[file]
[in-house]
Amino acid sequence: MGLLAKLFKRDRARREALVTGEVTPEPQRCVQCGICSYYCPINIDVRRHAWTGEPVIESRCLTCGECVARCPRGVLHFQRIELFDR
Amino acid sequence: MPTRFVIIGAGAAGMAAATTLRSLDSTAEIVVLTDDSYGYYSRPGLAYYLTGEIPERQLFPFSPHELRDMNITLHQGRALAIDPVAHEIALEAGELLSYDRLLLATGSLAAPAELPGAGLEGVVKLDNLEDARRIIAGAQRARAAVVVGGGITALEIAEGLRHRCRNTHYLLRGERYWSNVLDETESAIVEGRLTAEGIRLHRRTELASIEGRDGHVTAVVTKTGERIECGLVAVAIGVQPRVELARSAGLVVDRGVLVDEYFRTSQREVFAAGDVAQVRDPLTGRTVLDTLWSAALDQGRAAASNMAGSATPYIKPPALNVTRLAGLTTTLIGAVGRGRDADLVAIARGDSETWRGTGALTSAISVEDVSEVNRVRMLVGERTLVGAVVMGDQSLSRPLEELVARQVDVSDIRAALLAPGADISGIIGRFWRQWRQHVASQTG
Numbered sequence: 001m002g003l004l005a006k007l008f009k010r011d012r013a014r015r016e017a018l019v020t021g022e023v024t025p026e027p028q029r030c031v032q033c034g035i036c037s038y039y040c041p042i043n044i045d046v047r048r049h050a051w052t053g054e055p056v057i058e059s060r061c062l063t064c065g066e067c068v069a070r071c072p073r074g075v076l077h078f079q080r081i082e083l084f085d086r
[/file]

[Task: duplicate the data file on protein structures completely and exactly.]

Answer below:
[in-house]
Amino acid sequence: MGLLAKLFKRDRARREALVTGEVTPEPQRCVQCGICSYYCPINIDVRRHAWTGEPVIESRCLTCGECVARCPRGVLHFQRIELFDR
Amino acid sequence: MPTRFVIIGAGAAGMAAATTLRSLDSTAEIVVLTDDSYGYYSRPGLAYYLTGEIPERQLFPFSPHELRDMNITLHQGRALAIDPVAHEIALEAGELLSYDRLLLATGSLAAPAELPGAGLEGVVKLDNLEDARRIIAGAQRARAAVVVGGGITALEIAEGLRHRCRNTHYLLRGERYWSNVLDETESAIVEGRLTAEGIRLHRRTELASIEGRDGHVTAVVTKTGERIECGLVAVAIGVQPRVELARSAGLVVDRGVLVDEYFRTSQREVFAAGDVAQVRDPLTGRTVLDTLWSAALDQGRAAASNMAGSATPYIKPPALNVTRLAGLTTTLIGAVGRGRDADLVAIARGDSETWRGTGALTSAISVEDVSEVNRVRMLVGERTLVGAVVMGDQSLSRPLEELVARQVDVSDIRAALLAPGADISGIIGRFWRQWRQHVASQTG
Numbered sequence: 001m002g003l004l005a006k007l008f009k010r011d012r013a014r015r016e017a018l019v020t021g022e023v024t025p026e027p028q029r030c031v032q033c034g035i036c037s038y039y040c041p042i043n044i045d046v047r048r049h050a051w052t053g054e055p056v057i058e059s060r061c062l063t064c065g066e067c068v069a070r071c072p073r074g075v076l077h078f079q080r081i082e083l084f085d086r